The market is ripe with opportunities for rehabbing homes throughout the state of California. Investors are currently making an average of nearly $100,000 gross profit per flip in California, the second highest earnings of any state. But while real estate rehabbing has ample opportunities for success, basic mistakes will set novice investors back every time. If you’re new to the world of rehab real estate, watch out for these common mistakes:
1. You didn’t do the research.
Extensive research is an essential component of good house flipping. Research will show you which neighborhoods offer the best potential, which houses are most undervalued, who your potential buyers are, your schedule, and your costs. All of this information is vital to the success of your investment. In house flipping, it’s always a good idea to keep a 90/10 mentality: 90% of your time should be spent on the research leading up to the rehabbing process, and just 10% should go into the actual renovation.
2. You thought you’d save money renovating the house yourself.
For many rehabbers, the draw of fix and flip investing is the chance to actually get your hands dirty and do the manual work of renovating homes, but if you don’t have a background in construction or engineering, don’t assume that the work that goes into fixing a house is easy. Whenever you come across a task that you can’t do an excellent job with on your own, find a professional to do it for you. Doing certain tasks yourself can be cost effective if you know what you’re doing, but bear in mind that your time is valuable, so hiring someone else might actually be more cost effective in many cases.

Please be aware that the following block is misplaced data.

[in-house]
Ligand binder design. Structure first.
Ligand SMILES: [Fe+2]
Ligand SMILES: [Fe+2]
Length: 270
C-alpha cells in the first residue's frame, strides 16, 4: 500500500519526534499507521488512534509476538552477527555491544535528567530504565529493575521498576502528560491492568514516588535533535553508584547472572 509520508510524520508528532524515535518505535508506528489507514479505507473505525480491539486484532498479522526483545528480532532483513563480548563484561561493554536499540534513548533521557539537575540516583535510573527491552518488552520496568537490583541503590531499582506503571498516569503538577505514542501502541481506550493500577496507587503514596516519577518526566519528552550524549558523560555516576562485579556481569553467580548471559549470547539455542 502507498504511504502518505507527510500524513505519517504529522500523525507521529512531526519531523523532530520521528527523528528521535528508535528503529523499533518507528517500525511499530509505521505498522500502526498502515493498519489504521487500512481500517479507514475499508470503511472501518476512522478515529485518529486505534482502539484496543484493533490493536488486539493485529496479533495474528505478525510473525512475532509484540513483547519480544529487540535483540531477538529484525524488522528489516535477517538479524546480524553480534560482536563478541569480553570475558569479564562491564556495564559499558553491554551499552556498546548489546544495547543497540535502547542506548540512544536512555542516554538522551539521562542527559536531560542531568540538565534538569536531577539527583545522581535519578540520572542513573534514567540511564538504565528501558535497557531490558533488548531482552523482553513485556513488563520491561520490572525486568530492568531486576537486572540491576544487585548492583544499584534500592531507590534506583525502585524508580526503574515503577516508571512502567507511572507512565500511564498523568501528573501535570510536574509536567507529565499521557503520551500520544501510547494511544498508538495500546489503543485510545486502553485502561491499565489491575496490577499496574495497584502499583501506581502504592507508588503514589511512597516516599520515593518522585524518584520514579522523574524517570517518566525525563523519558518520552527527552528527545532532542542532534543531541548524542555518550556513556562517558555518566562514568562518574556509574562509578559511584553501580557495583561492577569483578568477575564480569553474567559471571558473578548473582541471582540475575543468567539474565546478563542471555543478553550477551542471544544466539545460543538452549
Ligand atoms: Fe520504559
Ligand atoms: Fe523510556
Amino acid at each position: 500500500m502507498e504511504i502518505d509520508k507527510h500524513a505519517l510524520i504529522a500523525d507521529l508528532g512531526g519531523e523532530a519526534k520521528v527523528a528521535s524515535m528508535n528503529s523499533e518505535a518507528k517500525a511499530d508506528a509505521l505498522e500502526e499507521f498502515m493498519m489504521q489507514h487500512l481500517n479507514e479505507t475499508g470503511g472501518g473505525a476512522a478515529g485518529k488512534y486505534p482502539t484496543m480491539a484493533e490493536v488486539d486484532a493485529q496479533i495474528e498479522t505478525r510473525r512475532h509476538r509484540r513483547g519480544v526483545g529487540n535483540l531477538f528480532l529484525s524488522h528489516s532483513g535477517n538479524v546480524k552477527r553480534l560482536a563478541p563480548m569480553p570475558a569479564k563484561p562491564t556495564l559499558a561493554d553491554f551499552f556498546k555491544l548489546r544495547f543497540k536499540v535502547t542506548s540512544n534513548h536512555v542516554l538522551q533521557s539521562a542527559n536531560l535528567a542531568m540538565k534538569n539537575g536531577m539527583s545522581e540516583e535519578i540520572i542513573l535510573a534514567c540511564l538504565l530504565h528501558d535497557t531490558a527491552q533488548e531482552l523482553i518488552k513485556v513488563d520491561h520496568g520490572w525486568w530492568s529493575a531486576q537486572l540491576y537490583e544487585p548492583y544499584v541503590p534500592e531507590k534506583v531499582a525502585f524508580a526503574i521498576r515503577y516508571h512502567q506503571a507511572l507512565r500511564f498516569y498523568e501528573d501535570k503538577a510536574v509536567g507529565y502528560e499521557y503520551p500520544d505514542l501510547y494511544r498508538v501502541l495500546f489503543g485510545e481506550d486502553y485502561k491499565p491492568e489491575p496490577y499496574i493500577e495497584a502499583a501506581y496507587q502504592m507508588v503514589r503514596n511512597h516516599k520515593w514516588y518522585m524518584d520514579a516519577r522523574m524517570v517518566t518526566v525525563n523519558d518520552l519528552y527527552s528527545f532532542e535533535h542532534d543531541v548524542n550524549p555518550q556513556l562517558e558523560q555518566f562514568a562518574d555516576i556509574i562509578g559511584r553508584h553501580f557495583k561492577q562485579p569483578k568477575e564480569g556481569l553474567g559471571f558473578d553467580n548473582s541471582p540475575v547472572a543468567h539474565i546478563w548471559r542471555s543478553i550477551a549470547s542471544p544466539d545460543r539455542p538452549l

3. Your cash flow dried up in the middle of the flip.
Insufficient cash flow is a major problem that novice house flippers come across. If you’re putting your own savings into flipping a house, make sure that you have enough cash flow to get you through the project, including allowances for delays and unexpected costs. Turning to the services of a rehab financing company, like ZINC Financial, can give you the extra cash that you’ll need in order to better leverage your assets and avoid cash flow catastrophes.
4. You didn’t plan for a buyer’s market.
This is an extension of mistake number three, but it’s worth stating separately. Remember that even if the market seems perfect for rehabbing real estate when you buy, things can change quickly, and there’s no guarantee that you’ll be able to resell your home immediately. Make sure you have an exit strategy that allows for these sorts of situations. Bear in mind that if the market isn’t where you want it to be when the property is ready, you can always hold on to it for a few years and rent the home.